We've got a bifecta of major economic data hitting the market at 8:30 this morning: Consumer Price Index and First Time Jobless Claims.
For those of you who aren't familiar with it, CPI is a measure of "the change in the average price of a fixed basket of goods and services purchased by consumers" (to quote Econoday). It is, in essence, a measure of inflation, and tracks month over month change with a one month lag. CPI gets studied intently, because consumer costs drive the market. Rising prices mean (in theory) increasing profits. But the more they rise, particularly in "discretionary" areas, the greater the chances that overall spending in that sector will decline.
Also, CPI has a "core"metric: the change in consumer prices without food and energy factored in. These areas are considered volatile, and so are removed from the official measures of inflation. I'll try not to rant on the subject.
April 2012 saw a 0.0% change in CPI, and a 0.2% change in "core" CPI. For May, the Econoday-surveyed analysts are feeling marginally optimistic. The consensus estimate is for a 0.2% decline in CPI (which is a good thing), and a 0.2% increase in "core" CPI.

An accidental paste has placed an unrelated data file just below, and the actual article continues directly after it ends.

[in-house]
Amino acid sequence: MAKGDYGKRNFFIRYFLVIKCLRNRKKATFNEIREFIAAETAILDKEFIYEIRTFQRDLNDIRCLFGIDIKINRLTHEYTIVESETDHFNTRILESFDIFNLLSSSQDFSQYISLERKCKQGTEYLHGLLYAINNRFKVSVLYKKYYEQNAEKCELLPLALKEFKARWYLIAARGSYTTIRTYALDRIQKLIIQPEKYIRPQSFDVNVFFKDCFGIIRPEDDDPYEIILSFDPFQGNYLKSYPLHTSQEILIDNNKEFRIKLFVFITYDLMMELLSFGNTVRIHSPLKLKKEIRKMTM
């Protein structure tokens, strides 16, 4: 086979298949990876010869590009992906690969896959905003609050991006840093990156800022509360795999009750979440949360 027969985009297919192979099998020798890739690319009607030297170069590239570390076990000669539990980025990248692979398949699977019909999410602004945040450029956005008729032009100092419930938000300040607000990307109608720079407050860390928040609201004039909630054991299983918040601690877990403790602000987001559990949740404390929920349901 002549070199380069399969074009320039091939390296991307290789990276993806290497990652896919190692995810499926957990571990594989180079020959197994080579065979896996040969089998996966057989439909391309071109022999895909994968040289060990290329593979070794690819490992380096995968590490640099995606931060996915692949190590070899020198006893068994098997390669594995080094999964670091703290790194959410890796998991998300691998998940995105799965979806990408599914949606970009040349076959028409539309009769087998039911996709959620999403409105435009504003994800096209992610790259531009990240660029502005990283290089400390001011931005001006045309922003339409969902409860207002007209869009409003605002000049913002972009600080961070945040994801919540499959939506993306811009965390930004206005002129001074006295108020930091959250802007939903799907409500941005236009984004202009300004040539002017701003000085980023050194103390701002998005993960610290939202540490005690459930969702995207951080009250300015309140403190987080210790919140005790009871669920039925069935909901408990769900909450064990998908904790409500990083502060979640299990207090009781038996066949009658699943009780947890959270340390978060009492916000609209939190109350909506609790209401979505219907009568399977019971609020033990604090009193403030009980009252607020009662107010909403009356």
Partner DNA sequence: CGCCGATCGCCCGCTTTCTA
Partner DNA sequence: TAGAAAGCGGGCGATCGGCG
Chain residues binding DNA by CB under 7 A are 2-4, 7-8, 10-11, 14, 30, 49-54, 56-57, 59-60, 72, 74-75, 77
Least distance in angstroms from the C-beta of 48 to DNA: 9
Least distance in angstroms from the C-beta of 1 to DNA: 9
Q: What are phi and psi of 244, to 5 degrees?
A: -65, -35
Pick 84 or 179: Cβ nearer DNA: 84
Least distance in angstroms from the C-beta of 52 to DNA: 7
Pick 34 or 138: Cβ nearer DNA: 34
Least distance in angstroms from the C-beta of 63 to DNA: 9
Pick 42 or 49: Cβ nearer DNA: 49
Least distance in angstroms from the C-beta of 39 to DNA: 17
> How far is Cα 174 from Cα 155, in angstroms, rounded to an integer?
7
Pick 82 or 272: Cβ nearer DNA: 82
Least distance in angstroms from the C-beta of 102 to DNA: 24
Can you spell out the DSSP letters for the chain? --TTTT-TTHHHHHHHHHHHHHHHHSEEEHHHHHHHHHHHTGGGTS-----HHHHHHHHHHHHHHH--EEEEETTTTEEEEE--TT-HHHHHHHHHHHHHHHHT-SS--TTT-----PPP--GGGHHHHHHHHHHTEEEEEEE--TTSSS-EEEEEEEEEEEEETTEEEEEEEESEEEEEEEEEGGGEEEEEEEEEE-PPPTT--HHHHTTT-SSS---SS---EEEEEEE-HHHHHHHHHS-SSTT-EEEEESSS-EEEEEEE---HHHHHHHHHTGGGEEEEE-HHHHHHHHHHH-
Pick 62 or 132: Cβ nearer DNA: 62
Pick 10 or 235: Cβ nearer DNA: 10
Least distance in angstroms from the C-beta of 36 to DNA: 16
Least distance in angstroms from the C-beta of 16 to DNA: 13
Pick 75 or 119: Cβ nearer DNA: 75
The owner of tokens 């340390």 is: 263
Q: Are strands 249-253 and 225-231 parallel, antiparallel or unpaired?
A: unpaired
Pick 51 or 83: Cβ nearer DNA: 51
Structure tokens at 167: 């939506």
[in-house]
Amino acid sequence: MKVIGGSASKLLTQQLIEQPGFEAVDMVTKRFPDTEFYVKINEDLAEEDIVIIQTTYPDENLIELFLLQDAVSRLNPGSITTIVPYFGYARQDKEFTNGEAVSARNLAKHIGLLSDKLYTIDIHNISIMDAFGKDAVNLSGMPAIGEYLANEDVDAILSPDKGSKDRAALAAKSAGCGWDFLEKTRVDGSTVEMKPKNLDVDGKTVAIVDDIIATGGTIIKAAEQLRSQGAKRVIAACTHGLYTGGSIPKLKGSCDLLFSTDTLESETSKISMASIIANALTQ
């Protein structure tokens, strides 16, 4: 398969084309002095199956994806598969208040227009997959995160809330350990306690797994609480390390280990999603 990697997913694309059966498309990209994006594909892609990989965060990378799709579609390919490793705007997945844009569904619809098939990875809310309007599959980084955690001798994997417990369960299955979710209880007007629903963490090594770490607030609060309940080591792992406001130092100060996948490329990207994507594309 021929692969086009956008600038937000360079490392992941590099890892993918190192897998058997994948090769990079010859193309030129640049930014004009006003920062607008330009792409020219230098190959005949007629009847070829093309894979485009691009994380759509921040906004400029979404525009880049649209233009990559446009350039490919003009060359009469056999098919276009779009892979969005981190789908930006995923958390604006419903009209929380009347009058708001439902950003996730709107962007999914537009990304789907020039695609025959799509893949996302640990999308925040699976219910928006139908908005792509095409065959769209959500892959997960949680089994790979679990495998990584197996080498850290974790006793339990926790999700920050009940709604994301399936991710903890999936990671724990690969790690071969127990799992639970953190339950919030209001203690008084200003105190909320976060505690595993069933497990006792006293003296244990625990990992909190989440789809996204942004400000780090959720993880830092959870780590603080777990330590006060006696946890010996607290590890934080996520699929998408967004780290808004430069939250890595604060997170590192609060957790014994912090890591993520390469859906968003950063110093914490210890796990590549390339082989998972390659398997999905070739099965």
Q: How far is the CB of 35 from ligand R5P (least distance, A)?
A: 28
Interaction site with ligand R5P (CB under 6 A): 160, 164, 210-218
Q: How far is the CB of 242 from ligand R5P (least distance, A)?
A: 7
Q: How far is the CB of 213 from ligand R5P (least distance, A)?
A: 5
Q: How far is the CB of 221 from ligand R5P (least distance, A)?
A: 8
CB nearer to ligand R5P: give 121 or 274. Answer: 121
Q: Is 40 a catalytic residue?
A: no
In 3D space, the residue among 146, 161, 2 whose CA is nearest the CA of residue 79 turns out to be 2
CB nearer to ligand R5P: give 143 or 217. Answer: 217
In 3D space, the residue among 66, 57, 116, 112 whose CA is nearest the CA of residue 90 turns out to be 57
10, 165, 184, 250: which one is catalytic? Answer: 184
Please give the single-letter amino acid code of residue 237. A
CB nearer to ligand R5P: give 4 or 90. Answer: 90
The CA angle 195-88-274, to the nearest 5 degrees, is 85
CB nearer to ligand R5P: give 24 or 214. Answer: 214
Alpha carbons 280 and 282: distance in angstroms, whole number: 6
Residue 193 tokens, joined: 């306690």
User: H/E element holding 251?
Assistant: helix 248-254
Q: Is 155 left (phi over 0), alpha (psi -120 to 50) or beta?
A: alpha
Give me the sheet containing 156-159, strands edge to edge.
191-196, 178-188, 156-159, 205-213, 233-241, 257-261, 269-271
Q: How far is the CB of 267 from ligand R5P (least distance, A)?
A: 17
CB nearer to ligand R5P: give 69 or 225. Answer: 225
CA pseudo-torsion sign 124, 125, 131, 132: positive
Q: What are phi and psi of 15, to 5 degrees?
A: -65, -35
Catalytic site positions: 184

And so, without further ado, we turn to the Bureau of Labor Statistics and their Consumer Price Index - May 2012 news release. And, it turns out, that the analysts weren't optimistic enough. CPI declined 0.3%, while "core" CPI increased 0.2%. The decline in overall CPI was driven largely by energy costs, which fell 4.3% in May (mostly on a 6.8% decline in gasoline costs).
So, that's some good news from one half of the bifecta.
 Like a "trifecta", except that there's only two things. It's a neologism. Feel free to share it with your friends.
 Because everyone knows that dramatically increasing food and/or energy costs doesn't put a pinch on your budget, right?